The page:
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Reel Schools

Schooling and the Nation in Australian Cinema

Josephine May

Reel Schools takes a fresh look at the history of Australian schooling through the lens of Australian cinema from the silent era until 2010. In exploring the relationship between cinematic representation and educational history, Josephine May shows how numerous Australian feature and documentary films offer access to powerful vernacular imaginings about school education in Australia.
May argues that the cinematic school is a pervasive metaphor for the Australian nation. She demonstrates that, while Australian films about schooling have consistently commented on the relationship of schooling to the Australian class structure, they also increasingly explored gender, race and ethnicity at school, especially after the 1970s. From then on the egalitarian dream of school education and the nation’s capacity to generate meaningful futures for the young became increasingly contested.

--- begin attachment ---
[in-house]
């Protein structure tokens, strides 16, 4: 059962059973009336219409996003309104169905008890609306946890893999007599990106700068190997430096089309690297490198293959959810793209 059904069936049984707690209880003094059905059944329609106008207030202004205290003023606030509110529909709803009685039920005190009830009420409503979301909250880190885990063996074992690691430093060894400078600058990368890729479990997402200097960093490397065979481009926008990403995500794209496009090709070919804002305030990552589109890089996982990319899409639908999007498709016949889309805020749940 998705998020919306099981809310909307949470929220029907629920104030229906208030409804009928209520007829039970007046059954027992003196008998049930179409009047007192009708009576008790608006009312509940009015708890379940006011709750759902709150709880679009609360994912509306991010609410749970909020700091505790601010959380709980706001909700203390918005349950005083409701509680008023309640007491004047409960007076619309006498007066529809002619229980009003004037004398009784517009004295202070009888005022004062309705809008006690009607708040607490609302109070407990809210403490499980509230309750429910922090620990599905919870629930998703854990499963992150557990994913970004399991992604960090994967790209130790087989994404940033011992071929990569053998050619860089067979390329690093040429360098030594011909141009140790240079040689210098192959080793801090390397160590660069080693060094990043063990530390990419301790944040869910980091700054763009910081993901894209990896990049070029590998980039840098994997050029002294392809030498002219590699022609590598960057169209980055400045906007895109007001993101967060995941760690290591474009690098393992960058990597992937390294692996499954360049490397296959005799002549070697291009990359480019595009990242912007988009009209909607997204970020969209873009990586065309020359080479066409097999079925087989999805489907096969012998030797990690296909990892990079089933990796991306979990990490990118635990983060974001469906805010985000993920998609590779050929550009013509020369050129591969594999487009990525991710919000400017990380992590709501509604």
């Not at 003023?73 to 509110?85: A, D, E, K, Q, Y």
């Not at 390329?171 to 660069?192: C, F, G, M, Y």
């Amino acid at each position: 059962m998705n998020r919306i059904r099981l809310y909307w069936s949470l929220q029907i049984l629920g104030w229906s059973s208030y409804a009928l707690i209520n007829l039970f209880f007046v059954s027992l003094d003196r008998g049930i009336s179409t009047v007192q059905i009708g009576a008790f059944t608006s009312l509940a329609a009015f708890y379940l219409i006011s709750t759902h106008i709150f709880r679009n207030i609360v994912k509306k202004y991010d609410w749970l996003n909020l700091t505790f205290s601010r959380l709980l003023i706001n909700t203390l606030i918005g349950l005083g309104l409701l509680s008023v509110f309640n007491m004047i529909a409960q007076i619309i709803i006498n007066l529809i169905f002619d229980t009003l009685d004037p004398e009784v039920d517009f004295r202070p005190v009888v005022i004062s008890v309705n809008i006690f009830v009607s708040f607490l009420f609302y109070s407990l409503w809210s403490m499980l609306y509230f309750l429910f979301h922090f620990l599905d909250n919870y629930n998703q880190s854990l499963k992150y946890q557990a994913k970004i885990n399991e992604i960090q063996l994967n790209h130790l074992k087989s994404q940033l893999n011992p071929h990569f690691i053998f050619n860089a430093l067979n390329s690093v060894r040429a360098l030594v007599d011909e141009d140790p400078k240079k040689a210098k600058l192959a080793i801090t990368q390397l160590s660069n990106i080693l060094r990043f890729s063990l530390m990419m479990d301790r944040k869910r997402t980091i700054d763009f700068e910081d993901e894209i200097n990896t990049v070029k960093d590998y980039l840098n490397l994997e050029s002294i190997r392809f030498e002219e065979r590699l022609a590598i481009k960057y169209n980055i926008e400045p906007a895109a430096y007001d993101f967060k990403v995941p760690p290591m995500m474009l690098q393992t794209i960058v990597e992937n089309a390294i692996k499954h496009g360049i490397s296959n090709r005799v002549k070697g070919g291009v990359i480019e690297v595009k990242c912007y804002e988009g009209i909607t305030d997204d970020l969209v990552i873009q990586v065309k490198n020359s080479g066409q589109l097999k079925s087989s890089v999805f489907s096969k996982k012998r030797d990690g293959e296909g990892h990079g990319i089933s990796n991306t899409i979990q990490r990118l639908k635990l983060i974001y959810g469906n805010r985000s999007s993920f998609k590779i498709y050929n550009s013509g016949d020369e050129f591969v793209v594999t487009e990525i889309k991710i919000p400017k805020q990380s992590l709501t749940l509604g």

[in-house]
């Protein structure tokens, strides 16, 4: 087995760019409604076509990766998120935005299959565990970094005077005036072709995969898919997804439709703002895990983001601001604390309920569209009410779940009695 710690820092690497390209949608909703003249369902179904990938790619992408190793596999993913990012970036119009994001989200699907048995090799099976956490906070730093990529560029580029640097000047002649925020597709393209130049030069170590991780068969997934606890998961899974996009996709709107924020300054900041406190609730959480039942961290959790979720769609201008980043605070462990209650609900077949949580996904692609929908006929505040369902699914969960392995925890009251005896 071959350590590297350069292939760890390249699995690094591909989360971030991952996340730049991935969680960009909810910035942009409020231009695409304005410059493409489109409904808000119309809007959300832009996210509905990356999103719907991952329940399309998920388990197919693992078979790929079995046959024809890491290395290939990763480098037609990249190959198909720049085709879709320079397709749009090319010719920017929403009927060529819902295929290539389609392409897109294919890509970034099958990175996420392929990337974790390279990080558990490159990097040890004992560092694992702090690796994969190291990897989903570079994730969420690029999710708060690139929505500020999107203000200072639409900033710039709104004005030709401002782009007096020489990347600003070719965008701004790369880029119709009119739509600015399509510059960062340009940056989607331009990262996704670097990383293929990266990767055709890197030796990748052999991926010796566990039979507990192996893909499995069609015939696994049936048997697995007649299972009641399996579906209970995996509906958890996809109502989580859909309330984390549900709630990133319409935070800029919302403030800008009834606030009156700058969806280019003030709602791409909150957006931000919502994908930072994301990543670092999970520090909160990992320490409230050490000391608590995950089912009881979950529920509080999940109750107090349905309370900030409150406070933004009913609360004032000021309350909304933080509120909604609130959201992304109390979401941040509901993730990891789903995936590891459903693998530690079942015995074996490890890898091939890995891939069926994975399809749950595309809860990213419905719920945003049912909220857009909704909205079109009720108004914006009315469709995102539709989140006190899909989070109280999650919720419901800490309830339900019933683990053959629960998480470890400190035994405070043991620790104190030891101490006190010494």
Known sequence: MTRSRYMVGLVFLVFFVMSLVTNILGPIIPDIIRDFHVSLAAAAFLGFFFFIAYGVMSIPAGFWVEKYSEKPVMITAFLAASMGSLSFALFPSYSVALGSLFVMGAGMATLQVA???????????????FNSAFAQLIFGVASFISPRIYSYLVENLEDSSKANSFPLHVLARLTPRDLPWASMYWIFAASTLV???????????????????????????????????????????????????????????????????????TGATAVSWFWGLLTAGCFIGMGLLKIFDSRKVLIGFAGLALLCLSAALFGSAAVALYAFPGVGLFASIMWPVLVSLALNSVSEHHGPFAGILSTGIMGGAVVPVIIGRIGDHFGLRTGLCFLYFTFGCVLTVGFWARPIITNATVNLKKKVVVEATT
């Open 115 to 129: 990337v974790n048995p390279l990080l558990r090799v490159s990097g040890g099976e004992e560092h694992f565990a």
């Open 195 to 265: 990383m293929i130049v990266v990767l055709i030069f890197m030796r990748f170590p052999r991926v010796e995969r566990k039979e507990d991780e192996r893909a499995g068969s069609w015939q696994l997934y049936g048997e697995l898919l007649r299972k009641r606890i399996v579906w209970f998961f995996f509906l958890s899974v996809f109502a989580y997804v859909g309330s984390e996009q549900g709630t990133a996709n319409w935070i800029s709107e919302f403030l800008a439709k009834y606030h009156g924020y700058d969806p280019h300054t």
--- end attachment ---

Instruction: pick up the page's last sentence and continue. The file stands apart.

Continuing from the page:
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Table of Contents

Extract

Preface and Acknowledgements vii List of Figures ix CHAPTER 1 Introduction: The Cinematic Vernacular of Australian Schooling 1 CHAPTER 2 The Silent Era: ‘A School of Sentiment’ 15 CHAPTER 3 High Tide of Nationalist Portrayal 1930s–1960s 45 CHAPTER 4 Nation and the Girls’ Boarding School in the 1970s 73 CHAPTER 5 Nation and the Boys’ School in the 1970s 95 CHAPTER 6 State High School Blues in the Early 1980s 119 CHAPTER 7 The School Film in the Late 1980s 149 CHAPTER 8 Multicultural Nation at School in the 1980s–1990s 183 CHAPTER 9 Private School Fantasies in the 2000s 217 CHAPTER 10 Conclusion 243 Bibliography & Filmography 249 Index 273

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